Molecular Gastronomy Book Pdf%3a Software Free Download

 

Molecular gastronomy recipes with key details, pictures, equipment alternatives and tips. Spherical olives, frozen parmesan air, potato foam, coconut soil, melon caviar, parmesan spaghetti and much more.

Molecular gastronomy book pdf%3a software, free download

Molecular Gastronomy Book Pdf%3a software, free download

Download Molecular Gastronomy : Scientific Cuisine Demystified –


Jose Sanchez

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Uncover the science of cooking with this International Association of Culinary Professionals Cookbook Award finalist – Molecular Gastronomy: Scientific Cuisine Demystified Molecular Gastronomy: Scientific Cuisine Demystified aims to demystify the intriguing and often mysterious world of cooking that we call molecular gastronomy, or Avangard Nueva Cocina , as Ferran Adria has called it. This book provides readers with crucial knowledge of the ingredients used to execute the fundamental step-by-step techniques provided and is written to help readers expand their skills in the Molecular Gastronomy area. Written by a chef who has spent years cultivating his craft, Molecular Gastronomy: Scientific Cuisine Demystified focuses on introducing the subject to readers and future chefs who have minimal or no experience in the molecular gastronomy of various foods. With its scientific approach, Molecular Gastronomy: Scientific Cuisine Demystified provides a foundation and platform for experimentation, while delving into new and exciting cooking techniques.
Stunningly illustrated with hundreds of full-color photos of finished dishes and the process along the way, this unique culinary offering breaks down the science of food while introducing future chefs to some of the most innovative techniques used in today’s competitive kitchens.

Download Molecular Gastronomy : Scientific Cuisine Demystified –


Jose Sanchez

PDF ebook

Download Molecular Gastronomy : Scientific Cuisine Demystified –


Jose Sanchez

EPUB ebook

Molecular gastronomy is a subdiscipline of food science that seeks to investigate, explain and make practical use of the physical and chemical transformations of ingredients that occur while cooking, as well as the social, artistic and technical components of culinary and gastronomic phenomena in general.[4] Molecular gastronomy is a modern style of cooking, which is practiced by both scientists and food professionals in many professional kitchens and labs and takes advantage of many technical innovations from the scientific disciplines. The term 'molecular gastronomy' was coined in 1992 by late Oxford physicist Nicholas Kurti and the French INRA chemist Hervé This.[5] Some chefs associated with the term choose to reject its use,[6] preferring other terms such as culinary physics and experimental cuisine. Objectives [edit]
The objectives of molecular gastronomy, as defined by Hervé This are: Current objectives:
Looking for the mechanisms of culinary transformations and processes (from a chemical and physical point of view) in three areas:[9][29] 1.the social phenomena linked to culinary activity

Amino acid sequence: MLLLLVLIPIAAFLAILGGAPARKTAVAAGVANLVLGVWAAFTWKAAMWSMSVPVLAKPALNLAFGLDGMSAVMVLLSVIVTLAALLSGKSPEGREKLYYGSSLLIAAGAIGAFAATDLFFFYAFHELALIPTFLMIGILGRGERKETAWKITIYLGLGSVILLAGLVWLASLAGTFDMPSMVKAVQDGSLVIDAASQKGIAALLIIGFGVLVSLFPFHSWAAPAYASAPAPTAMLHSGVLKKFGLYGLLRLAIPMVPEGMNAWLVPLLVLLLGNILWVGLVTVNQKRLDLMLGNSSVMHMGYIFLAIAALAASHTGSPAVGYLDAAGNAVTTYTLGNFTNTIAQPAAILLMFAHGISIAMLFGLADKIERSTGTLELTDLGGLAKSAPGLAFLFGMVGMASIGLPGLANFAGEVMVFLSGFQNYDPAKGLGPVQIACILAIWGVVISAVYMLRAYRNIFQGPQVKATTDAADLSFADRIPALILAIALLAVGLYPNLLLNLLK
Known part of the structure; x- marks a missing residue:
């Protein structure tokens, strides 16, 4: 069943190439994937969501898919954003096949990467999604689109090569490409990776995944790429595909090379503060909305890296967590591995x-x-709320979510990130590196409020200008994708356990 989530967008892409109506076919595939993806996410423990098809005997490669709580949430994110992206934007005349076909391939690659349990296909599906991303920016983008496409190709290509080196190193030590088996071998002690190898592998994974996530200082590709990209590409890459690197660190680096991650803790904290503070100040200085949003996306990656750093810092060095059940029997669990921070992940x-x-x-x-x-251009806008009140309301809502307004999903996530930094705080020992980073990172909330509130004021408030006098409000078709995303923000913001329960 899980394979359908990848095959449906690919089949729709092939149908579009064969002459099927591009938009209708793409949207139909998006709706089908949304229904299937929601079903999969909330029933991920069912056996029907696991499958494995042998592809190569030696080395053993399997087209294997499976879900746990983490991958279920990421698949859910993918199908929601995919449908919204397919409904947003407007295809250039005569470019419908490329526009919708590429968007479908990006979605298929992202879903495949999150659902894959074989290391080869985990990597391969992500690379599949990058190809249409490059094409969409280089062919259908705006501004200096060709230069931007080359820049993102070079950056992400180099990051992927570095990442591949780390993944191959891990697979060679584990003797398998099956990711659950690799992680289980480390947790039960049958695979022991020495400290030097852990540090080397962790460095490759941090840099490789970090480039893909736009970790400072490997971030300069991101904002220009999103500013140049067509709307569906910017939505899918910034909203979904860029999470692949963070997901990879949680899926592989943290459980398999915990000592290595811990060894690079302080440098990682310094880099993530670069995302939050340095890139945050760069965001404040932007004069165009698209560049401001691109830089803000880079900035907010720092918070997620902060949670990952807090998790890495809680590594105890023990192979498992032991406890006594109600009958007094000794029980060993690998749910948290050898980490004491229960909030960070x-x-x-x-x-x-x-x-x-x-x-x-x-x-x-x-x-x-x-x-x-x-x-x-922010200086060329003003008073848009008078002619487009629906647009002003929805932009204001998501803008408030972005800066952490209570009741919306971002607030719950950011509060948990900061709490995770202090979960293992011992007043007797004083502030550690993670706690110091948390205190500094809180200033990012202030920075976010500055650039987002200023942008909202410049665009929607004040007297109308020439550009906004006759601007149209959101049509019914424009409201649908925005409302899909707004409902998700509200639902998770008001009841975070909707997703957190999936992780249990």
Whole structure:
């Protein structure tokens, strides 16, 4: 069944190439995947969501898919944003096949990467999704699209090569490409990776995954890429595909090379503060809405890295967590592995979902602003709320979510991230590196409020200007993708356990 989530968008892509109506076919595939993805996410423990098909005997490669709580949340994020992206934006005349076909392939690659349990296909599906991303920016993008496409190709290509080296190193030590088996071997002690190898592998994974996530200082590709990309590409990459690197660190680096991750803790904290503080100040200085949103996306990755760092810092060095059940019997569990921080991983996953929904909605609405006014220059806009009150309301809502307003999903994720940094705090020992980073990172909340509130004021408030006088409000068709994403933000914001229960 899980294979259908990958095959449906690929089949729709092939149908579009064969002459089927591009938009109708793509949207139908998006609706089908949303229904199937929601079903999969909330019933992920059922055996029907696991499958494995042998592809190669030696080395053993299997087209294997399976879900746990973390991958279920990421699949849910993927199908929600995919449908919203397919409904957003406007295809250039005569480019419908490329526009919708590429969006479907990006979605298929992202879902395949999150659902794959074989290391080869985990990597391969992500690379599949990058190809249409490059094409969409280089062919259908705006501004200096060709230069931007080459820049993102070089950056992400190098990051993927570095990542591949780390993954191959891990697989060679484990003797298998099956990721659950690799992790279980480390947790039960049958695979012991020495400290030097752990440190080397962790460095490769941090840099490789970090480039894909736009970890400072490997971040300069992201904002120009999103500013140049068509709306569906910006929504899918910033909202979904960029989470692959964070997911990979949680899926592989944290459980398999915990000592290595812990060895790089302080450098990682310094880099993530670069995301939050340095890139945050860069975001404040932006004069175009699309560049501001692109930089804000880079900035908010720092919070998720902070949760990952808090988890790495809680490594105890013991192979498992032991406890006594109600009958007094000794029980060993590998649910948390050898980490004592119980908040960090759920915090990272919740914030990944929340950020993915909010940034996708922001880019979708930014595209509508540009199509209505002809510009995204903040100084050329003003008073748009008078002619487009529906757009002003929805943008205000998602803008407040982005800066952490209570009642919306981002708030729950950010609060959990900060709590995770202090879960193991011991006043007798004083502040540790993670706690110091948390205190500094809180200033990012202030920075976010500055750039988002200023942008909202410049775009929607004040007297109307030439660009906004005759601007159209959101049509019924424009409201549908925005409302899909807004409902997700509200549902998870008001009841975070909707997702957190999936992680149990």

2.the artistic component of culinary activity
3.the technical component of culinary activity
Original objectives:
The original fundamental objectives of molecular gastronomy were defined by This in his doctoral dissertation as:[29] 1.Investigating culinary and gastronomical proverbs, sayings, and old wives' tales 2.Exploring existing recipes
3.Introducing new tools, ingredients and methods into the kitchen 4.Inventing new dishes
5.Using molecular gastronomy to help the general public understand the contribution of science to society However, This later recognized points 3, 4 and 5 as being not entirely scientific endeavours (more application of technology and educational), and has since revised the primary objectives of molecular gastronomy.[4] Examples [edit]
Adam Melonas's signature preparations is an edible floral center piece named the 'Octopop': a very low temperature cooked octopus fused using transglutaminase, dipped into an orange and saffron carrageenan gel and suspended on dill flower stalks Example areas of investigation: [30]
•How ingredients are changed by different cooking methods •How all the senses play their own roles in our appreciation of food •The mechanisms of aroma release and the perception of taste and flavor •How and why we evolved our particular taste and flavor sense organs and our general food likes and dislikes •How cooking methods affect the eventual flavor and texture of food ingredients •How new cooking methods might produce improved results of texture and flavor •How our brains interpret the signals from all our senses to tell us the 'flavor' of food •How our enjoyment of food is affected by other influences, our environment, our mood, how it is presented, who prepares it, etc. Example myths debunked or explained:
•The cooking time for roast meat depends on the weight (true or myth?)[31] Examples of myths that were true before, but not any more:
•You need to add salt to water when cooking green vegetables (not true with commercial salt)[32] Examples of debunked myths:
•Searing meat seals in the juices (not true)[32]
•When cooking meat stock you must start with cold water (not true).[14] Eponymous recipes [edit]
New dishes named after famous scientists include:[33]
•Gibbs - infusing vanilla pods in egg white with sugar, adding olive oil and then microwave cooking. Named after physicist Josiah Willard Gibbs (1839–1903). •Vauquelin - using orange juice or cranberry juice with added sugar when whipping eggs to increase the viscosity and to stabilize the foam, and then microwave cooking. Named after Nicolas Vauquelin (1763–1829), one of Lavoisier's teachers. •Baumé - soaking a whole egg for a month in alcohol to create a coagulated egg. Named after the French chemist Antoine Baumé (1728–1804). As a style of cooking [edit]